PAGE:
Francis Barnard goes to Spain, when he hears his sister Elizabeth has died. Her husband Nicholas Medina, the son of the brutest torturer of the Spanish Inquisition, tells him she has died ... See full summary »
3 horror stories based on the writings of Nathaniel Hawthorne. In the 1st story titled "Dr. Heidegger's Experiment", Heidegger attempts to restore the youth of three elderly friends. In "... See full summary »
Loosely based on H.P. Lovecraft's novel THE CASE OF CHARLES DEXTER WARD, this fright flick opens with a warlock placing a curse on a group of villagers about to burn him at the stake. Generations later, the warlock's descendant returns to the village to pick up where his ancestor left off. Written by
Roger Corman decided to do an H.P. Lovecraft story as a break from his Edgar Allan Poe series while keeping the elements that made it successful. American-International took no chances. It gave the film a "Poe" title and marketed it as another in the series. See more »
The film is billed as "Edgar Allan Poe's The Haunted Palace." While Poe did write "The Haunted Palace," the film is actually based on the story by H.P. Lovecraft, "The Case of Charles Dexter Ward." See more »
Joseph, have you not gorged yourself enough on revenge?
Charles Dexter Ward:
You do not know the extent of my appetite, Simon. I'll not have my fill of revenge until this village is a graveyard. Until they have felt, as I did, the kiss of fire on their soft bare flesh. All of them. Have patience my friends. Surely, after all these years, I'm entitled to a few small amusements.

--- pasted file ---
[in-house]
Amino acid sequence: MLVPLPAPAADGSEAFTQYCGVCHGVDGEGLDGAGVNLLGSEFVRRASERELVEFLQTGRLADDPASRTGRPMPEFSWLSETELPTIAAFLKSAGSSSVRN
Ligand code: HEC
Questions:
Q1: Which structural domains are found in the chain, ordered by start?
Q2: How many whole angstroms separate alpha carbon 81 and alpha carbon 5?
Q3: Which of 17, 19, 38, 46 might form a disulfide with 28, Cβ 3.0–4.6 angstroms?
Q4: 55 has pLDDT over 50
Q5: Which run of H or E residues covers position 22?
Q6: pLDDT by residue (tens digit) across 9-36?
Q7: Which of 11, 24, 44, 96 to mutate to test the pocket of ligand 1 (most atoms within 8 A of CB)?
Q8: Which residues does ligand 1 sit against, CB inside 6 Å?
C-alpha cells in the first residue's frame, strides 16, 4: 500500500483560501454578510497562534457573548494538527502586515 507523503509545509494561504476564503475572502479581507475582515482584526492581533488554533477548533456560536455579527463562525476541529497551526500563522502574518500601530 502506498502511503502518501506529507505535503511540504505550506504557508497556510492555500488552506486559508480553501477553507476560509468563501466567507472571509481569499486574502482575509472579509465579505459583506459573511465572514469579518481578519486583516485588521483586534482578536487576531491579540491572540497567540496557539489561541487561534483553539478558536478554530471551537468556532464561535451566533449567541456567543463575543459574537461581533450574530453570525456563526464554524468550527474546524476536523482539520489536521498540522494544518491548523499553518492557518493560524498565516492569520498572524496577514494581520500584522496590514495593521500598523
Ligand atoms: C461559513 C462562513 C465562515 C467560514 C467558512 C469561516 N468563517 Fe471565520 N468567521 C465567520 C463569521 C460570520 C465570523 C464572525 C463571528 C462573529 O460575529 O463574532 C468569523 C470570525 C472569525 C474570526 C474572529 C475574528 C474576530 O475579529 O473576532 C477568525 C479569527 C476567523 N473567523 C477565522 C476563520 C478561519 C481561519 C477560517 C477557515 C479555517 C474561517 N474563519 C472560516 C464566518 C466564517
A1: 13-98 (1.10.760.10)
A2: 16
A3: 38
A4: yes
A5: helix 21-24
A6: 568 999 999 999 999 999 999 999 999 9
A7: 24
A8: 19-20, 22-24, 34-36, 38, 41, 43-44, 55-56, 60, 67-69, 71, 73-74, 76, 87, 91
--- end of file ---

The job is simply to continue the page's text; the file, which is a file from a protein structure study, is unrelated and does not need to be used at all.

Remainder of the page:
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Frankly, I don't really care whether the screenplay of "The Haunted Palace" is based on a H.P Lovecraft-story, simply carrying an Edgar Allan Poe title...or based on an Edgar Allan Poe poem, heavily influenced by H.P Lovecraft's short story. Both these legendary horror authors were genius and an amalgamation of the two oeuvres could only result in an even better movie, right? And that's exactly what "The Haunted Palace" is! A brilliant and genuinely scary film that neatly fits in with the rest of Roger Corman's Poe cycle when it comes to intelligent story lines and ominous atmospheres. Vincent Price gives away another staggering performance (in a double role!) as a New England warlock who's burned alive for his evil practices by the inhabitants of Arkham. Over a century later, he reincarnates as his great-great-grandson Charles Baxter Ward and continues with his malicious sorcery... but not without wreaking vengeance on the descendants of his tormentors! The script is extremely compelling, without dull moments whatsoever, and the set designs are magnificent: ground fogs, castles with creaking gates and secret doorways, loud thunderstorms... It's truly beautiful to see how the camera prowls through the dark, nightmarish scenery and reflects the brooding suspense right onto your screen. The score is excellent and, despite the obvious low-budget, there are several very decent make-up effect to admire, like on the terrifying mutant-villagers who sneak around in the village. Roger Corman's surefooted yet elegant directing is close to perfection, and he damn well knew that he could count on Price again to portray another memorable villain. "The Haunted Pace" is quintessential horror-art!
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